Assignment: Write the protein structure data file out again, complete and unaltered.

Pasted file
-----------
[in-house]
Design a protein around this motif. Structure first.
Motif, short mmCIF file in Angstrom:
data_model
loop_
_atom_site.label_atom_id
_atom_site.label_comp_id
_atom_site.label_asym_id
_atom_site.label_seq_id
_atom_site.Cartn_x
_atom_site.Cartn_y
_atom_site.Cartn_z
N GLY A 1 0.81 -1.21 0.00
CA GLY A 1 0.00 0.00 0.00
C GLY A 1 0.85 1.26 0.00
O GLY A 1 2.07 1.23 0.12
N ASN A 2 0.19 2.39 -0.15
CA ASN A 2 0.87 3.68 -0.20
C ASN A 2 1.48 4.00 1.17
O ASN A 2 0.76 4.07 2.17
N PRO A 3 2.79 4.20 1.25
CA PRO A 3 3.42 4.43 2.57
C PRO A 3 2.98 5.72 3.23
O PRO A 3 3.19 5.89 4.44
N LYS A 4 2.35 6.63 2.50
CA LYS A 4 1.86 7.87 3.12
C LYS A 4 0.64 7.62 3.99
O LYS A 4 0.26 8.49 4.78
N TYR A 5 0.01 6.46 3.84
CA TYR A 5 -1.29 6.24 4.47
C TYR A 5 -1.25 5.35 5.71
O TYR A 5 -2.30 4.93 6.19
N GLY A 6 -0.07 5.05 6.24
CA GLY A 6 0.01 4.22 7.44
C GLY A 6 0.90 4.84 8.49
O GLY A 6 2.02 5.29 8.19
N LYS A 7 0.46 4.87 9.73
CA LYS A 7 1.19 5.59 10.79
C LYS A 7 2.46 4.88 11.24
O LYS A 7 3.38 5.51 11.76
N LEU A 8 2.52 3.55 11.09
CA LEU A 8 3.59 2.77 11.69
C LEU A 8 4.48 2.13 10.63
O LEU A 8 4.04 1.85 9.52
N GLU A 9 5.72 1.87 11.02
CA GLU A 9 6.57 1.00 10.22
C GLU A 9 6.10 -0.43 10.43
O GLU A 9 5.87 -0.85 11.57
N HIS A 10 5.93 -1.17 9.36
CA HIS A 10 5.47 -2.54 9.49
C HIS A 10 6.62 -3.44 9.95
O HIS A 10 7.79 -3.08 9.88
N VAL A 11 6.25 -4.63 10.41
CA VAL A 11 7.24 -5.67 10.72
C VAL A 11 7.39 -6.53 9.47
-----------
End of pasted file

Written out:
[in-house]
Design a protein around this motif. Structure first.
Motif, short mmCIF file in Angstrom:
data_model
loop_
_atom_site.label_atom_id
_atom_site.label_comp_id
_atom_site.label_asym_id
_atom_site.label_seq_id
_atom_site.Cartn_x
_atom_site.Cartn_y
_atom_site.Cartn_z
N GLY A 1 0.81 -1.21 0.00
CA GLY A 1 0.00 0.00 0.00
C GLY A 1 0.85 1.26 0.00
O GLY A 1 2.07 1.23 0.12
N ASN A 2 0.19 2.39 -0.15
CA ASN A 2 0.87 3.68 -0.20
C ASN A 2 1.48 4.00 1.17
O ASN A 2 0.76 4.07 2.17
N PRO A 3 2.79 4.20 1.25
CA PRO A 3 3.42 4.43 2.57
C PRO A 3 2.98 5.72 3.23
O PRO A 3 3.19 5.89 4.44
N LYS A 4 2.35 6.63 2.50
CA LYS A 4 1.86 7.87 3.12
C LYS A 4 0.64 7.62 3.99
O LYS A 4 0.26 8.49 4.78
N TYR A 5 0.01 6.46 3.84
CA TYR A 5 -1.29 6.24 4.47
C TYR A 5 -1.25 5.35 5.71
O TYR A 5 -2.30 4.93 6.19
N GLY A 6 -0.07 5.05 6.24
CA GLY A 6 0.01 4.22 7.44
C GLY A 6 0.90 4.84 8.49
O GLY A 6 2.02 5.29 8.19
N LYS A 7 0.46 4.87 9.73
CA LYS A 7 1.19 5.59 10.79
C LYS A 7 2.46 4.88 11.24
O LYS A 7 3.38 5.51 11.76
N LEU A 8 2.52 3.55 11.09
CA LEU A 8 3.59 2.77 11.69
C LEU A 8 4.48 2.13 10.63
O LEU A 8 4.04 1.85 9.52
N GLU A 9 5.72 1.87 11.02
CA GLU A 9 6.57 1.00 10.22
C GLU A 9 6.10 -0.43 10.43
O GLU A 9 5.87 -0.85 11.57
N HIS A 10 5.93 -1.17 9.36
CA HIS A 10 5.47 -2.54 9.49
C HIS A 10 6.62 -3.44 9.95
O HIS A 10 7.79 -3.08 9.88
N VAL A 11 6.25 -4.63 10.41
CA VAL A 11 7.24 -5.67 10.72
C VAL A 11 7.39 -6.53 9.47